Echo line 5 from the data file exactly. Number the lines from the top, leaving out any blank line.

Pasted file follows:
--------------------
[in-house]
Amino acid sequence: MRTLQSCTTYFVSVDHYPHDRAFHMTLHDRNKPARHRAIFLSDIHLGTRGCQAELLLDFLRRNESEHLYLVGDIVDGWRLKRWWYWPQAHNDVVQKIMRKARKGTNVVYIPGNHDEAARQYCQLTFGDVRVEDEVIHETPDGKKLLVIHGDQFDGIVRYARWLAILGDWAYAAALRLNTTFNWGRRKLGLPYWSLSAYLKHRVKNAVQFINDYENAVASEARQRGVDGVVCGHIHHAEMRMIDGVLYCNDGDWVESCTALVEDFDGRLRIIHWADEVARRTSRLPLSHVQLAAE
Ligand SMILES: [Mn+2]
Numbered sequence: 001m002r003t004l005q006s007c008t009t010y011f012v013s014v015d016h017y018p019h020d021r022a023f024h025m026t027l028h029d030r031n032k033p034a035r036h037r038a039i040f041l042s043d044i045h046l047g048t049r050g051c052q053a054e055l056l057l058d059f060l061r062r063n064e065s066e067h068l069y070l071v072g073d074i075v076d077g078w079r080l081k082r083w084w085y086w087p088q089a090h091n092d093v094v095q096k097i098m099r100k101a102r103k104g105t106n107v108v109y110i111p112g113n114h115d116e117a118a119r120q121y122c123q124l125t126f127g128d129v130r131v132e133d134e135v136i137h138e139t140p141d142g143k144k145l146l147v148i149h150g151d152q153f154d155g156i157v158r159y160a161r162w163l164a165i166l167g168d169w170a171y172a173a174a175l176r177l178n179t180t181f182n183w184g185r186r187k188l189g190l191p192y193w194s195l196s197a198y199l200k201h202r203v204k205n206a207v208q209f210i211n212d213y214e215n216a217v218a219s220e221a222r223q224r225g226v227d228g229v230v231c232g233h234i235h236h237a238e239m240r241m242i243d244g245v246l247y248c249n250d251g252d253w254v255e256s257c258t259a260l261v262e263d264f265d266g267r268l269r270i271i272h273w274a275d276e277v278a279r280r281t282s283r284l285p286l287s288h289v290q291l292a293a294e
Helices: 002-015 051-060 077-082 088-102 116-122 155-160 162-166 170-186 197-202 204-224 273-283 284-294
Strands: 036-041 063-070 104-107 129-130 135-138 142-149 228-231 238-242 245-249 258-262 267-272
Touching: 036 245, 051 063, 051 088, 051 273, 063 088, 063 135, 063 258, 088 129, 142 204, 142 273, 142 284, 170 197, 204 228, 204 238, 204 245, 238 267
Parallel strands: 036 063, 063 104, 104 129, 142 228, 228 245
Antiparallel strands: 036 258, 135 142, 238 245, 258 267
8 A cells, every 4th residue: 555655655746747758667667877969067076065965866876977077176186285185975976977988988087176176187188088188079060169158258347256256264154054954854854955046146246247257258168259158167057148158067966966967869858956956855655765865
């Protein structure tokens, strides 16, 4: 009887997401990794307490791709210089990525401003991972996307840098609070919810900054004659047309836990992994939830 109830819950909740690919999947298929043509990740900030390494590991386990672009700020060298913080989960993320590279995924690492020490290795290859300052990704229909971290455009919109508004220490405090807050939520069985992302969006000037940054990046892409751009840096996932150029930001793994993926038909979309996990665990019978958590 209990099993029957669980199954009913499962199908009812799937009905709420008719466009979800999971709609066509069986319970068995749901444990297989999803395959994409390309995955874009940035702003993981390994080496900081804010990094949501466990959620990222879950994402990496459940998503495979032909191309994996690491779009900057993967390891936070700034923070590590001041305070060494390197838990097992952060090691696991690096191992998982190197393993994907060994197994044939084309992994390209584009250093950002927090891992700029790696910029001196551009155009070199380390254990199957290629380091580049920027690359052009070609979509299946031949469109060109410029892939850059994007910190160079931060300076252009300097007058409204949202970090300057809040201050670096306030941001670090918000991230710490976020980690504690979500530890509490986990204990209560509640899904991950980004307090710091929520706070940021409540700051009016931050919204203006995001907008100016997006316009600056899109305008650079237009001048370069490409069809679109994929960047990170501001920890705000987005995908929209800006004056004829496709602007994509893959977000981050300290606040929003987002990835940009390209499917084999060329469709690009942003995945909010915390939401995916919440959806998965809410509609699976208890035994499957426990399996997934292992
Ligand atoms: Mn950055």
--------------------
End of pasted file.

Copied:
Helices: 002-015 051-060 077-082 088-102 116-122 155-160 162-166 170-186 197-202 204-224 273-283 284-294